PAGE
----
QUT’s custom-built robot could be the winning solution enabling Amazon.com to save billions in logistics. This robot will be participating in the coveted Amazon Robotics Challenge.
Australian Centre for Robotic Vision and QUT are contesting the popular Amazon Robotics Challenge.
CartMan is a custom-built robot capable of autonomously picking and packing items using machine learning and robotic vision.
The robot’s state-of-the-art design could fill the gap in Amazon.com’s automated warehousing process, worth billions in logistics savings.
The competition will take place from 27
th-30 th July at RoboCup 2017 in Japan.
Will CartMan be Amazon's 'pick' of the bunch? Credit: QUT
CartMan, the logistics robot, has been built by a group of Roboticists from the Australian Centre for Robotic Vision (the Centre), based at QUT. This robot will showcase its item-picking skills against 15 other robots from all over the world in the third annual Amazon Robotics Challenge, part of RoboCup 2017 in Nagoya, Japan, on Thursday 27
Dr Juxi Leitner, Team leader, stated that the competition will be tough since a prize pool of US$250,000 will be awarded to teams that succeed in completing the assignment of picking and stowing objects from a storage system.
Our robot has a vision system to recognise specific items in a crowded container, and a mechanical system to retrieve and stow that item into a shipping box. You won’t believe how hard is it to teach a robot to see a clear bottle of water among a bunch of groceries, or teach it the best way to pick up a bag of marbles. We opted to build our own robot from scratch – a three-axis Cartesian robot that acts much like a gantry crane you see at ports. With six degrees of articulation and both a claw and suction gripper, CartMan gives us more flexibility to complete the tasks than an off-the-shelf robot can offer.
Dr Leitner , a R oboticist from QUT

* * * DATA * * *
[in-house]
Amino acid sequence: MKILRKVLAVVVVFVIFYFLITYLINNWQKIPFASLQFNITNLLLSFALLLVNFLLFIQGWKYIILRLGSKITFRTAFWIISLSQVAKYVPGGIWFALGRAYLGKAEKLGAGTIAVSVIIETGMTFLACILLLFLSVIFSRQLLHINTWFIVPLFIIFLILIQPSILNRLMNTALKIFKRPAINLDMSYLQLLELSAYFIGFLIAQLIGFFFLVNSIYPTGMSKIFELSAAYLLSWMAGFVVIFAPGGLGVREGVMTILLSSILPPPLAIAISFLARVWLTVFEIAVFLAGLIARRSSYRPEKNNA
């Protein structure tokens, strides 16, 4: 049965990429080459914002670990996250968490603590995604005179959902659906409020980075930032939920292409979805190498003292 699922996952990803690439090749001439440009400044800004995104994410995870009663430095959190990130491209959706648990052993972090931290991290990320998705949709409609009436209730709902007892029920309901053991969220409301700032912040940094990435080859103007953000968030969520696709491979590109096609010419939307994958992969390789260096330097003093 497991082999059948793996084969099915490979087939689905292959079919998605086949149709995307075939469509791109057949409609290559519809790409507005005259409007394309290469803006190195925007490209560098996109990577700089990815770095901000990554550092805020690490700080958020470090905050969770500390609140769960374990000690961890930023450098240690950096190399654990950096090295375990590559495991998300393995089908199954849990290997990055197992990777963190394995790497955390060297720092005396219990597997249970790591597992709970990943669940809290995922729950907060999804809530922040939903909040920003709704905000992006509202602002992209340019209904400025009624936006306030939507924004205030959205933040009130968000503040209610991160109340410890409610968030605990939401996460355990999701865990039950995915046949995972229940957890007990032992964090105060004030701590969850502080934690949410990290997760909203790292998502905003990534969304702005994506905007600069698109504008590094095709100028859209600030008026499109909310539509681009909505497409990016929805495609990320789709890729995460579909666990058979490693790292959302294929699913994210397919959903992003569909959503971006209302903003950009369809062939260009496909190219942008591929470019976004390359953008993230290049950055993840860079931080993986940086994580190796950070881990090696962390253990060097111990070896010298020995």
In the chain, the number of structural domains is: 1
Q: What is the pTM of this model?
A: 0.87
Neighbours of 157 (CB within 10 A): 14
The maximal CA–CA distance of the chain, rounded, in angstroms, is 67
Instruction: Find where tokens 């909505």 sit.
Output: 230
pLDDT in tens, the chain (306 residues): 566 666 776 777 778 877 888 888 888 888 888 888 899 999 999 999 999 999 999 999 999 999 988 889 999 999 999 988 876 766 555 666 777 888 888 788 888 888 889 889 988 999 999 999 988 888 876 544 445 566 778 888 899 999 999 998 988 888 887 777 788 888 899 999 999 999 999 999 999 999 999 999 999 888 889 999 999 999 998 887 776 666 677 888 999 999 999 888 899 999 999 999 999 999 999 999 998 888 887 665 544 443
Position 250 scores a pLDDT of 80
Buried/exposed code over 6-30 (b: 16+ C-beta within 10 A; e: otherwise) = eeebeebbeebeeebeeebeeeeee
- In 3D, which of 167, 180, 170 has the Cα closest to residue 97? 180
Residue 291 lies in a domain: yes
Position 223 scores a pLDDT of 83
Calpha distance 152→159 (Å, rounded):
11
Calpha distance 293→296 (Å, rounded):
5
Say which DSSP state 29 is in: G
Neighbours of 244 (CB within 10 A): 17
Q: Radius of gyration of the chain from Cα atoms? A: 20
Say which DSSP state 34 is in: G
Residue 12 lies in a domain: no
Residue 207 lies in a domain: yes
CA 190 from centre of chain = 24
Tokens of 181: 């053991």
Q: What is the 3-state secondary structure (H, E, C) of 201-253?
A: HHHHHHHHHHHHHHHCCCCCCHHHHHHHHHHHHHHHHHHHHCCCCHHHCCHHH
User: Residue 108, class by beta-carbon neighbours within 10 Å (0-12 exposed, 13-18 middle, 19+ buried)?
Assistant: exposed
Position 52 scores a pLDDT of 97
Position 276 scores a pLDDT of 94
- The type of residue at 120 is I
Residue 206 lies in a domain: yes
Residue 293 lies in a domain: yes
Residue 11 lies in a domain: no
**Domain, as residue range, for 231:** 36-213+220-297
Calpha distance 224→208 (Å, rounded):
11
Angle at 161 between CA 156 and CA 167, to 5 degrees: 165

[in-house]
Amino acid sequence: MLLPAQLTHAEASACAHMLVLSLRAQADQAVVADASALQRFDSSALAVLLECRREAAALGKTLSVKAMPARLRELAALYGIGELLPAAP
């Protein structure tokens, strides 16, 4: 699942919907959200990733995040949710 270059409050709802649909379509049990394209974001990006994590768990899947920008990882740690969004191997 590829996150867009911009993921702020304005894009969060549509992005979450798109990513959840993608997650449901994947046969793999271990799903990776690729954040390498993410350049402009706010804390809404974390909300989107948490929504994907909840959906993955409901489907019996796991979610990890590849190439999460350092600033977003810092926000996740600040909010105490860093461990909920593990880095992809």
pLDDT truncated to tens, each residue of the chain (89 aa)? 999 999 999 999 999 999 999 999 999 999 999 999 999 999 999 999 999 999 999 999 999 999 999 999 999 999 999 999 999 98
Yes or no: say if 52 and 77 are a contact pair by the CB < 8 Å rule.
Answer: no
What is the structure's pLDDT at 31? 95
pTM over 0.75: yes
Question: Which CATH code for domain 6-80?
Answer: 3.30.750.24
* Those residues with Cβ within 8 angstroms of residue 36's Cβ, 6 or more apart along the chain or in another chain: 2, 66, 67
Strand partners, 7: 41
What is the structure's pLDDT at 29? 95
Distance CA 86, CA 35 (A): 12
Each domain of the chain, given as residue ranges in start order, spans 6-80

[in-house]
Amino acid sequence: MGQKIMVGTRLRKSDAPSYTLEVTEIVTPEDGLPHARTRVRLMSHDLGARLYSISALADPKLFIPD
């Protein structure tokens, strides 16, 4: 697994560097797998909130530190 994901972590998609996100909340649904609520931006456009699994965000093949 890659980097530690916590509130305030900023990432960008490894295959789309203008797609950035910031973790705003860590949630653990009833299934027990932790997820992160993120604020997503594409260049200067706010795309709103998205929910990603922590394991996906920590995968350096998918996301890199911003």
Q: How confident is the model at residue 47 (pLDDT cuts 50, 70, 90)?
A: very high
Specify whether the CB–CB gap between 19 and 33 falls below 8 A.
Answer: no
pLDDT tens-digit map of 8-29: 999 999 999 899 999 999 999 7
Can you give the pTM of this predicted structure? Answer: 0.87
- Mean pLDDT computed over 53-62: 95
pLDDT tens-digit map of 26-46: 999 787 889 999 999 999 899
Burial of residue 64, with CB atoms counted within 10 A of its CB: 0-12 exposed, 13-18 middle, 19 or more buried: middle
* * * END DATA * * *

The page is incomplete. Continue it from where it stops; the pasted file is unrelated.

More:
More than 15,000 hours have been invested into the project by the Centre’s team of 27 Roboticists from QUT, The University of Adelaide and the Australian National University.
The team is still striving for success even though it was placed sixth in last year’s challenge, which is considered to be a major accomplishment in this highly competitive field.
We are world leaders in robotic vision and we’re pushing the boundaries of computer vision and machine learning to complete these tasks in an unstructured environment – we won’t even be told which items CartMan must pick and stow until just before our heats. But I think we stand a good chance – the robot is robust and tackles the task in an innovative way we hope will give us the advantage.
Dr Leitner , a R oboticist from QUT
In comparison to the standard bricks-and-mortar retailers that employ warehouses and distribution centers to transport products to stores, Amazon and other such online retailers focus on fulfillment centers, facilities full of shelving, from which individual items are literally picked and stowed by human workers in order to fill customer orders.
Picking and stowing items is considered to be the glaring gap in Amazon’s automated logistics system, even though the company has mastered using robots to shift products around its fulfillment centers.
This global giant is thus banking on the challenge, which will help in discovering open-source solutions.
Amazon, in its current form, isn’t likely to make a massive impact on Australia’s retail market because we only buy about seven per cent of our goods online, and because geographical distances and higher wages increase logistics costs. If Amazon can reduce the cost of doing business in Australia by automating the picking and stowing process, it could very well increase its market penetration.
Gary Mortimer, QUT Retail and Logistics Expert Associate Professor
The Centre’s team is sponsored by the Australian Centre for Robotic Vision, Amazon Robotics, Osaro and QUT.
The Amazon Robotics Challenge runs 27
th-30 th July.